Att köra Word på en server

Att automatisera Word och köra det på en server för att enkelt skapa dokument utifrån innehållet i en databas kan vara ganska praktiskt. Jag har varit med om flera projekt där man tillämpat just detta. När man läser i Microsofts knowledge base så kan man nästan få intrycket att Microsoft inte tycker det är en riktigt lika bra idé. Detta trots att de tillämpar licensmodellen att om en servertjänst skapar Word-dokument så måste alla klienter som använder server-tjänsten ha en Word-licens.

Skrivet på rätt sätt kan Word dock med fördel användas på en server. Om man exempelvis endast använder förutbestämda mallar som fungerar på servern riskerar man inte att få in strulande macro eller andra olägenheter.

Using PHP to check response time of HTTP-server

I must start off with admiting that my PHP skills are very limited, however being a very experienced Perl hacker this is very similar to me. Edit 2013-01-30: This is no longer true 🙂

I needed a script that checked for a normal HTTP response from another server, a status script to see if the other server(s) where behaving as they should.

The resources on-line for PHP are great and I quickly found the code needed to retrieve a remote page and read the contents. I also found some tutorials describing how to use this code. My version ended up looking like this (thanks for the tutorial!):

// check responsetime for a webbserver
function pingDomain($domain){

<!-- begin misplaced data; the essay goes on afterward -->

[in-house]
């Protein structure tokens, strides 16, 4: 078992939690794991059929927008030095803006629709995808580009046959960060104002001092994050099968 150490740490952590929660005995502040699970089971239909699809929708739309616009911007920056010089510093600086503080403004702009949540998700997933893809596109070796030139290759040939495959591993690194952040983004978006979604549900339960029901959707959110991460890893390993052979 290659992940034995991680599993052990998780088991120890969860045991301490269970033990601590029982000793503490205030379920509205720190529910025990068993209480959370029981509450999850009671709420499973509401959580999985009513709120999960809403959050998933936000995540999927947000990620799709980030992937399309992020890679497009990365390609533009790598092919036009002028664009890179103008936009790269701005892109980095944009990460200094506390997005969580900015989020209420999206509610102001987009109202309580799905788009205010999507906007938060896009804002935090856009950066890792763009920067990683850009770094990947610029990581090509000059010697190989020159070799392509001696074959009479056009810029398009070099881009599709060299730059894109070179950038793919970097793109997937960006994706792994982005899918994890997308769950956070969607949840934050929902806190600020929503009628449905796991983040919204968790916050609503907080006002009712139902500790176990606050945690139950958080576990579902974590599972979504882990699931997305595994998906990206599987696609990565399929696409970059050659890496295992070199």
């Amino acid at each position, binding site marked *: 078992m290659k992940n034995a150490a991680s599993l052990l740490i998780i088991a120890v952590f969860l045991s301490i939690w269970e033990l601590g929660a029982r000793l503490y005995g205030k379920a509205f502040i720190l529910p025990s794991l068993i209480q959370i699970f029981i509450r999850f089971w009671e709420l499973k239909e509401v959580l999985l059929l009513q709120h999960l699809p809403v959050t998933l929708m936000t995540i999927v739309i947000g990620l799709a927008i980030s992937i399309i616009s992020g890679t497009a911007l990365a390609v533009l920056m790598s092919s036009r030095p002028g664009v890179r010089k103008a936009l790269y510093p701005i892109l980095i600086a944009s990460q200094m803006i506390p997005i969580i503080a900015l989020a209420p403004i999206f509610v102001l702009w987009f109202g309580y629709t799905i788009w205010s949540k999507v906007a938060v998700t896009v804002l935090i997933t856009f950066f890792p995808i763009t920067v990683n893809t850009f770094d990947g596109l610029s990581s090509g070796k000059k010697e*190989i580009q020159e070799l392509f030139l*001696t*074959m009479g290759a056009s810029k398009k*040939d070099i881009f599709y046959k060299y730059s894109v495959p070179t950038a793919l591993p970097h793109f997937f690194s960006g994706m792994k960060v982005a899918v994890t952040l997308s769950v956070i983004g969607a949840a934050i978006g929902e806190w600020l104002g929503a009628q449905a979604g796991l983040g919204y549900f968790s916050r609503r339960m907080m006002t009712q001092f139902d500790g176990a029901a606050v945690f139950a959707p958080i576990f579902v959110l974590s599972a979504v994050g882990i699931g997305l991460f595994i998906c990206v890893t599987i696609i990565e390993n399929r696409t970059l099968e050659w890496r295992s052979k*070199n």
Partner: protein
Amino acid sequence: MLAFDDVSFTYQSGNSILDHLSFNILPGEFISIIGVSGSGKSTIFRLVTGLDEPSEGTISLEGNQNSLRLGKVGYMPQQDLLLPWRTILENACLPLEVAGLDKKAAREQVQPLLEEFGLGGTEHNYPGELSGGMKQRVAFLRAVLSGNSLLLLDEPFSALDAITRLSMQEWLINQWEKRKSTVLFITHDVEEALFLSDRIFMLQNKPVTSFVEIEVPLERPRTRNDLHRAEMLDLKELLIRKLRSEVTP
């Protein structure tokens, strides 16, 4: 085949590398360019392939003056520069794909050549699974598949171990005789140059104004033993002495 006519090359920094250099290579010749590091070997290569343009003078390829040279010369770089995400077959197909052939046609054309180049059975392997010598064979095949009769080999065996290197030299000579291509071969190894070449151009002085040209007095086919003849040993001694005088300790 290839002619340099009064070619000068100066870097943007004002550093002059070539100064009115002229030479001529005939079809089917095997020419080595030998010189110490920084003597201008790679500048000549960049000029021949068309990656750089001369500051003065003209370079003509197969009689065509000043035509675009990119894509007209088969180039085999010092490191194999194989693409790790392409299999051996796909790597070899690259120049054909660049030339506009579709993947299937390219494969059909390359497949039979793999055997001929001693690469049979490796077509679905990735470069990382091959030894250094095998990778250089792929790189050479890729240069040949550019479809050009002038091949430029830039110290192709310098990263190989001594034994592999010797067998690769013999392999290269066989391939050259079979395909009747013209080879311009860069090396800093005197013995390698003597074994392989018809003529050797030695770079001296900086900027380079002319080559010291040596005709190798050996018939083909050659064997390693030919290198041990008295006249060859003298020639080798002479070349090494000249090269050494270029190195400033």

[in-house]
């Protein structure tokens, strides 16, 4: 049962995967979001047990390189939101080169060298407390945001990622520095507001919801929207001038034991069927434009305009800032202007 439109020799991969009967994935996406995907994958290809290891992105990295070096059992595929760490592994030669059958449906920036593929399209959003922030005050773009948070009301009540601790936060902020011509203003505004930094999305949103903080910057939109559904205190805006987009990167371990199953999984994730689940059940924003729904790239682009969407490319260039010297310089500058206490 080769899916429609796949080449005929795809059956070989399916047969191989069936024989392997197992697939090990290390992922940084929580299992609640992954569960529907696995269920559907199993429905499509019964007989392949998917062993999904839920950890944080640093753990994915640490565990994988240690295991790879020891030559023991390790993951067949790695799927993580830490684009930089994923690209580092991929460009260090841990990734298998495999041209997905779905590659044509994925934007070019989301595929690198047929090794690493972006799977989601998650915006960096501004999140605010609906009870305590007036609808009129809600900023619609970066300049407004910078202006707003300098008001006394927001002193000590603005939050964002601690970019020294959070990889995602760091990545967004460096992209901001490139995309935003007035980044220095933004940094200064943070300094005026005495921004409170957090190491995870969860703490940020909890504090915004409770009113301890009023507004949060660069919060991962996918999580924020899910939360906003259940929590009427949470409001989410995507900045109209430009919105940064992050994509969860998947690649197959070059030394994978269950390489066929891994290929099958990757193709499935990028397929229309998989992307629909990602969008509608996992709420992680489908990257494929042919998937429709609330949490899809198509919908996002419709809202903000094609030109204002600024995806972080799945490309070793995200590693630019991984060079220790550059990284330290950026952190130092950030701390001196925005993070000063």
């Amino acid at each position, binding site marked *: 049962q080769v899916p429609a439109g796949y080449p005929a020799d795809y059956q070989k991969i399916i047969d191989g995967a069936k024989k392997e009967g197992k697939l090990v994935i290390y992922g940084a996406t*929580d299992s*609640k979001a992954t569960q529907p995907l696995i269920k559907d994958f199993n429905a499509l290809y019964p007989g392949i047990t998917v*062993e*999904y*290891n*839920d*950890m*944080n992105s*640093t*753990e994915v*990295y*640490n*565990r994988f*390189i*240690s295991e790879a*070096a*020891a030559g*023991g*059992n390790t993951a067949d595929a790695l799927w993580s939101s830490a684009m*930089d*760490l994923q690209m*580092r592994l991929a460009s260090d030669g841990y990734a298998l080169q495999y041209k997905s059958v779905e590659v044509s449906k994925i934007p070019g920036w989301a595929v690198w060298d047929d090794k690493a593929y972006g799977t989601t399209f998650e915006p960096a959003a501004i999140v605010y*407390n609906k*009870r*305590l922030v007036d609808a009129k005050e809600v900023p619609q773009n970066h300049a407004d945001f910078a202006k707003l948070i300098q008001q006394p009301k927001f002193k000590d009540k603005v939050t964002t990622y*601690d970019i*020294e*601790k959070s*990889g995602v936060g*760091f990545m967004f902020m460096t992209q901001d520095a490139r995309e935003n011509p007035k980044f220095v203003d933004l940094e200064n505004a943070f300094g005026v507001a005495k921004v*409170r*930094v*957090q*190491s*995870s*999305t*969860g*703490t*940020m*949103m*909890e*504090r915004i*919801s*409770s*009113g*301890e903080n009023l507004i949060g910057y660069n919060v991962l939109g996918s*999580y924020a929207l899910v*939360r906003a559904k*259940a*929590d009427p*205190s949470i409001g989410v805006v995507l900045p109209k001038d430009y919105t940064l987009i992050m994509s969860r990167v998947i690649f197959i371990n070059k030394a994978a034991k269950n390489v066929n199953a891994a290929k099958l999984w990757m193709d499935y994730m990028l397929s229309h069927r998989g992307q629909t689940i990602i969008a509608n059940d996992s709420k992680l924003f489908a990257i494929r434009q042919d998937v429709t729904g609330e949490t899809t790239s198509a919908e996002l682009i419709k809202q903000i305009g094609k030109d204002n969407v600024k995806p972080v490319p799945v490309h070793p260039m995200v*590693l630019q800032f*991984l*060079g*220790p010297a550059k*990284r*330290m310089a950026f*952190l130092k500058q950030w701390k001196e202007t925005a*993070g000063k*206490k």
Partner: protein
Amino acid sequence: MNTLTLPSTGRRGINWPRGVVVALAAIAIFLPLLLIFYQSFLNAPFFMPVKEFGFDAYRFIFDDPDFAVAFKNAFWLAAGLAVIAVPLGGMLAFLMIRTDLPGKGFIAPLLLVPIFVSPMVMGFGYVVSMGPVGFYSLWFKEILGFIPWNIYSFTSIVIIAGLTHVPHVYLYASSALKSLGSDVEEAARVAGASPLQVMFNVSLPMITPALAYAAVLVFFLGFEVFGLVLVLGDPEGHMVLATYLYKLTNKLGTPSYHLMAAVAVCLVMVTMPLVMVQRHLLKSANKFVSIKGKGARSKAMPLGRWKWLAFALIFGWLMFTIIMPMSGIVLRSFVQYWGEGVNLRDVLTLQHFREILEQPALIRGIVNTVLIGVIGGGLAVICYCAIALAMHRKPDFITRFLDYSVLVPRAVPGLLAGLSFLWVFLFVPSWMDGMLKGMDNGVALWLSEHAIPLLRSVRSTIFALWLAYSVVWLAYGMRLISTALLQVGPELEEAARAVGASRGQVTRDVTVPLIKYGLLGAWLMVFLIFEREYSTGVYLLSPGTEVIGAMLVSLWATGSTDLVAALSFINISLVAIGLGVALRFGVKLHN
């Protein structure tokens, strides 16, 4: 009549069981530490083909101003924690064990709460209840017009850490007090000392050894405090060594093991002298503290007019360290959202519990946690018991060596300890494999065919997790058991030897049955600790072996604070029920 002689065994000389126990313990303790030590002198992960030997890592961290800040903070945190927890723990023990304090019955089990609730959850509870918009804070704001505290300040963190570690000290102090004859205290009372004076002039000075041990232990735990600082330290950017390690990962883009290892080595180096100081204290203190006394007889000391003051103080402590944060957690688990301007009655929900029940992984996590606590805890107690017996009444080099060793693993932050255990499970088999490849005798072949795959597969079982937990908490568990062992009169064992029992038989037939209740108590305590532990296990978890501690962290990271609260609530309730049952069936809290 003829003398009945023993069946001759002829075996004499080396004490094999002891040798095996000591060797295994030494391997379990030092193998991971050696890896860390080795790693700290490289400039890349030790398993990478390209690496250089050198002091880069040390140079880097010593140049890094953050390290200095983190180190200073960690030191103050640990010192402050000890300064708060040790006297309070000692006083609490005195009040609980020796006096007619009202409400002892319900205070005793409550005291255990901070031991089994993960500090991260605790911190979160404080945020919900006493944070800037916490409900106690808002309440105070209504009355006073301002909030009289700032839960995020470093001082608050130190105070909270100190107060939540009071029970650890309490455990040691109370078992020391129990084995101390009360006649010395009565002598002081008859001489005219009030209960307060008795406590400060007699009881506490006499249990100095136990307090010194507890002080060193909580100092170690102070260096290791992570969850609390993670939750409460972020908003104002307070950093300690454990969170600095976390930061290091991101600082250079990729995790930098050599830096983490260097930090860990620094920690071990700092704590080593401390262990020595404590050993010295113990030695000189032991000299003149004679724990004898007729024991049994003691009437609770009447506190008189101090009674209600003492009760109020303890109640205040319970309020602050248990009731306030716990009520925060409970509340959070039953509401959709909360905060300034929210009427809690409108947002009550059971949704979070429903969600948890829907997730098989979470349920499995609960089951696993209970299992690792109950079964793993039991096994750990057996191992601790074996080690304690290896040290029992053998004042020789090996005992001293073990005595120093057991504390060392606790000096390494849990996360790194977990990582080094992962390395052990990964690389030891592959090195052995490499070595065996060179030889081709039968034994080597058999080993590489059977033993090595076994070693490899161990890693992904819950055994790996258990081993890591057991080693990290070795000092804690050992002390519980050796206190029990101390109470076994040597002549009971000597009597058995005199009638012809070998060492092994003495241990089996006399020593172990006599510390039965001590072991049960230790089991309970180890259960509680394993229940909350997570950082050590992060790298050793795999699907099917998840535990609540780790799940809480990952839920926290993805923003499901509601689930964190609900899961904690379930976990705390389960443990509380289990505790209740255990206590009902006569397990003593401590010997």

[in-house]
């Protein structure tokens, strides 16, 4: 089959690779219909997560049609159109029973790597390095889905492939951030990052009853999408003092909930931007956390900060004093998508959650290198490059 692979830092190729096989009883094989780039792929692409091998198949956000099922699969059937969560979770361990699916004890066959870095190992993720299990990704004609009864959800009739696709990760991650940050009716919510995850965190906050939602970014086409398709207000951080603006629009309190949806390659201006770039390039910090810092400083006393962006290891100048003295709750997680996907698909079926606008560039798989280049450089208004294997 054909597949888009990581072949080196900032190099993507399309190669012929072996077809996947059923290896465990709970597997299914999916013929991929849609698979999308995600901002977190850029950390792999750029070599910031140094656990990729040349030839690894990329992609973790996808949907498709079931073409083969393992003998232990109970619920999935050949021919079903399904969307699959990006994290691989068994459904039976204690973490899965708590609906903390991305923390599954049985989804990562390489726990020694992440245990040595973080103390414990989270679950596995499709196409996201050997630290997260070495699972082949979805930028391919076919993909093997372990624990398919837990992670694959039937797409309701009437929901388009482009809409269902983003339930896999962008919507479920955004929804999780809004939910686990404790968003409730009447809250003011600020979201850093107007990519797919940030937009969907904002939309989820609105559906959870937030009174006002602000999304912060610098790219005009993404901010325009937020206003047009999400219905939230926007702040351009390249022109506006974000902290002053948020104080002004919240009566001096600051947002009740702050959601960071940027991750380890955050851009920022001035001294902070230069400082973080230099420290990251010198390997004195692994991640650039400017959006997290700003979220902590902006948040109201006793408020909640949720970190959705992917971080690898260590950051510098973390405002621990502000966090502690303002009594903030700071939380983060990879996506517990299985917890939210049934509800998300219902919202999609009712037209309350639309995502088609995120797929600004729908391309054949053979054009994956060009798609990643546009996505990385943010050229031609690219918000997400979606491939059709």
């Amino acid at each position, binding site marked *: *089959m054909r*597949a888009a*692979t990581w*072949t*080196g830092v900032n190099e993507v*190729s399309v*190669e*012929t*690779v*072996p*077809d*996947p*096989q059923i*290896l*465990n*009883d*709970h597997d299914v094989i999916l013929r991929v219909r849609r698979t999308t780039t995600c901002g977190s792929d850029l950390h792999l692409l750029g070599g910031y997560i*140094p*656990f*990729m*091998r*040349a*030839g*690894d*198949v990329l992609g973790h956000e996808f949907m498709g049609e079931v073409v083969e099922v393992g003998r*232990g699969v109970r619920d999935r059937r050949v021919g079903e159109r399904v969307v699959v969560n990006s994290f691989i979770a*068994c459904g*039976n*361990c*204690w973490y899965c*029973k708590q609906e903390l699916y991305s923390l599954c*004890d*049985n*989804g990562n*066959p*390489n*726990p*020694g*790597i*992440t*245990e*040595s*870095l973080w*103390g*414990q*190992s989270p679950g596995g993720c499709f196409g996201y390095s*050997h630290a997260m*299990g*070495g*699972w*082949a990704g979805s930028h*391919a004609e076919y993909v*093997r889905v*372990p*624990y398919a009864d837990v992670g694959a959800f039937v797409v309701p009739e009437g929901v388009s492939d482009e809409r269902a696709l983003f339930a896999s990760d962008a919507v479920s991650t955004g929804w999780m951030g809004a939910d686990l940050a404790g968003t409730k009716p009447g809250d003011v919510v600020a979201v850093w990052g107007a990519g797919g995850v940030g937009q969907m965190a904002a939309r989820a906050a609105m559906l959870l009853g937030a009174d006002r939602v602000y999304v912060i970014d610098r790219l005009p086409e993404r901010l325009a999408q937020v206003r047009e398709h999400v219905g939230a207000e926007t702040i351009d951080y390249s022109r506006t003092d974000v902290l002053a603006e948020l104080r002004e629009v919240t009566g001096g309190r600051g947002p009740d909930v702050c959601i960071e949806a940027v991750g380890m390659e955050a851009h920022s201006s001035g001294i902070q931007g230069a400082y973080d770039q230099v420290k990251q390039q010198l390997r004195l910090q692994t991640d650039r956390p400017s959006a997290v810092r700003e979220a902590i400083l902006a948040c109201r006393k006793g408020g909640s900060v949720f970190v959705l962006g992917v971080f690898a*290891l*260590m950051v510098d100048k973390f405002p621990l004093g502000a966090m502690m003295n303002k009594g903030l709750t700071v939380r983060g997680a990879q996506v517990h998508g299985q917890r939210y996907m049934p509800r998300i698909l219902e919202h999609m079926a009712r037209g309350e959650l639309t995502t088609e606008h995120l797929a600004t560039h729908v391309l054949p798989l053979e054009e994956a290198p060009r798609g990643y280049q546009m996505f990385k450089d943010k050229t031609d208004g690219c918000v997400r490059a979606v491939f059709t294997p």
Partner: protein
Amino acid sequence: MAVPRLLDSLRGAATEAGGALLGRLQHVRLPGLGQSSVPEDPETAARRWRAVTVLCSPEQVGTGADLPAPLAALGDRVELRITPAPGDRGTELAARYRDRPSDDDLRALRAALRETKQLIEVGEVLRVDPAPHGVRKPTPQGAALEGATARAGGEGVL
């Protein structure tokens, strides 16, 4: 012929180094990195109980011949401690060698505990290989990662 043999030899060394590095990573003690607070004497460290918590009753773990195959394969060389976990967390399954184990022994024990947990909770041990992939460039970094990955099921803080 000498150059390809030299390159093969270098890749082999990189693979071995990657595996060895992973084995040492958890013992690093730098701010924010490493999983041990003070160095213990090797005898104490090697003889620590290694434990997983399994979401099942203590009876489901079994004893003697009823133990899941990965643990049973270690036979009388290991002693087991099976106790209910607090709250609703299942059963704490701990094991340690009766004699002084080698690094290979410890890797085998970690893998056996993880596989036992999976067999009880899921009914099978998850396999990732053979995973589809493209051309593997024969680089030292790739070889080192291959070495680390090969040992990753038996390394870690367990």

$starttime = microtime(true);
    // supress error messages with @
    $file      = @fsockopen($domain, 80, $errno, $errstr, 10);
    $stoptime  = microtime(true);
    $status    = 0;

    if (!$file){
        $status = -1;  // Site is down
        $status = ($stoptime - $starttime) * 1000;
        $status = floor($status);
    return $status;

What this code does is to measure, using the microtime function, the time difference between initiating a connection using fsockopen and when that functions has completed executing. If a connection was established the time difference is returned. If fsockopen failed to open a connection -1 is returned.

The time difference is multiplied by 1000 to get the number of milliseconds it took, floor() is then used to round down to the nearest integer value.

To call this function simply add the domain or IP you want to check the response time of:

Fireflake: <?php echo pingDomain(''); ?> ms<br>
Example: <?php echo pingDomain(''); ?> ms<br>
Internal IP: <?php echo pingDomain(''); ?> ms<br>
Fail: <?php echo pingDomain(''); ?> ms<br>

Sample output from the above statements are:

Fireflake: 111 ms
Example: 139 ms
Internal IP: 0 ms
Fail: -1 ms

Also, sometimes DNS servers return a “search engine” response if the domain is unknown or unreachable. To be sure you reach the server you want try calling it by IP-number instead to make sure your DNS isn’t fooling you.

EDIT:  Thx for adding the tip to use @ to supress error messages. Just use @fsockopen to supress the inevitable error message.

EDIT 2013-01-30: Fixed the old code and added some more examples.

EDIT 2013-03-07: Added clarification about unit used in $status.

IIS easy restart

One annoying thing about the Microsoft Internet Information Server (IIS) is that it’s quite a few clicks in order to restart it through the normal GUI. If you use it as a development environment and happen to make an infinite loop or some other bad thing it’s annoying to have to go through all those steps every time.

To save some time here is a simple tip, since the IIS run as a normal service simply make a file called “kick iis.bat” (at least that is what I call it) and enter the following:

net stop w3svc
net start w3svc

This should work for the standard installation of IIS. This will take the server down and then back up again, faster than the GUI just double click the file. I keep it on my dekstop… that might give you an idea of how often I trash the IIS hehe.